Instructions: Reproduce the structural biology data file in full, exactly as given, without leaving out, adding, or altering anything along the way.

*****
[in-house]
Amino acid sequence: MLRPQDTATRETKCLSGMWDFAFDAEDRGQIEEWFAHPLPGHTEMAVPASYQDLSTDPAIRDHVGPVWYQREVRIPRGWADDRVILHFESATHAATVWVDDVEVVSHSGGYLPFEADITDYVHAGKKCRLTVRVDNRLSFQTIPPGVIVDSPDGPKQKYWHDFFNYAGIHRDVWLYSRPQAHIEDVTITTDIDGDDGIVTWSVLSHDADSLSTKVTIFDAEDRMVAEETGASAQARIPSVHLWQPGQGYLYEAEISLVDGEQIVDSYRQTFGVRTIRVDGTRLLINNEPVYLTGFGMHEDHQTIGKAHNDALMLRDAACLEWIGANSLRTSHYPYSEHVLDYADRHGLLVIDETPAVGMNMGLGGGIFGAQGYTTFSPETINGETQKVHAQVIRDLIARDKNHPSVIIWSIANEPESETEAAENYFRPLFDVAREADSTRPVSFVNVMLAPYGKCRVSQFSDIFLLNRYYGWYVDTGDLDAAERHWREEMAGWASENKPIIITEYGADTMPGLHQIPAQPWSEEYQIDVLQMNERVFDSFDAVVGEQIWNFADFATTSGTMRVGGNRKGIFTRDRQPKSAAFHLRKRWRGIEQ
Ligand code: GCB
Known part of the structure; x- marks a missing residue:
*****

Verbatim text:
[in-house]
Amino acid sequence: MLRPQDTATRETKCLSGMWDFAFDAEDRGQIEEWFAHPLPGHTEMAVPASYQDLSTDPAIRDHVGPVWYQREVRIPRGWADDRVILHFESATHAATVWVDDVEVVSHSGGYLPFEADITDYVHAGKKCRLTVRVDNRLSFQTIPPGVIVDSPDGPKQKYWHDFFNYAGIHRDVWLYSRPQAHIEDVTITTDIDGDDGIVTWSVLSHDADSLSTKVTIFDAEDRMVAEETGASAQARIPSVHLWQPGQGYLYEAEISLVDGEQIVDSYRQTFGVRTIRVDGTRLLINNEPVYLTGFGMHEDHQTIGKAHNDALMLRDAACLEWIGANSLRTSHYPYSEHVLDYADRHGLLVIDETPAVGMNMGLGGGIFGAQGYTTFSPETINGETQKVHAQVIRDLIARDKNHPSVIIWSIANEPESETEAAENYFRPLFDVAREADSTRPVSFVNVMLAPYGKCRVSQFSDIFLLNRYYGWYVDTGDLDAAERHWREEMAGWASENKPIIITEYGADTMPGLHQIPAQPWSEEYQIDVLQMNERVFDSFDAVVGEQIWNFADFATTSGTMRVGGNRKGIFTRDRQPKSAAFHLRKRWRGIEQ
Ligand code: GCB
Known part of the structure; x- marks a missing residue: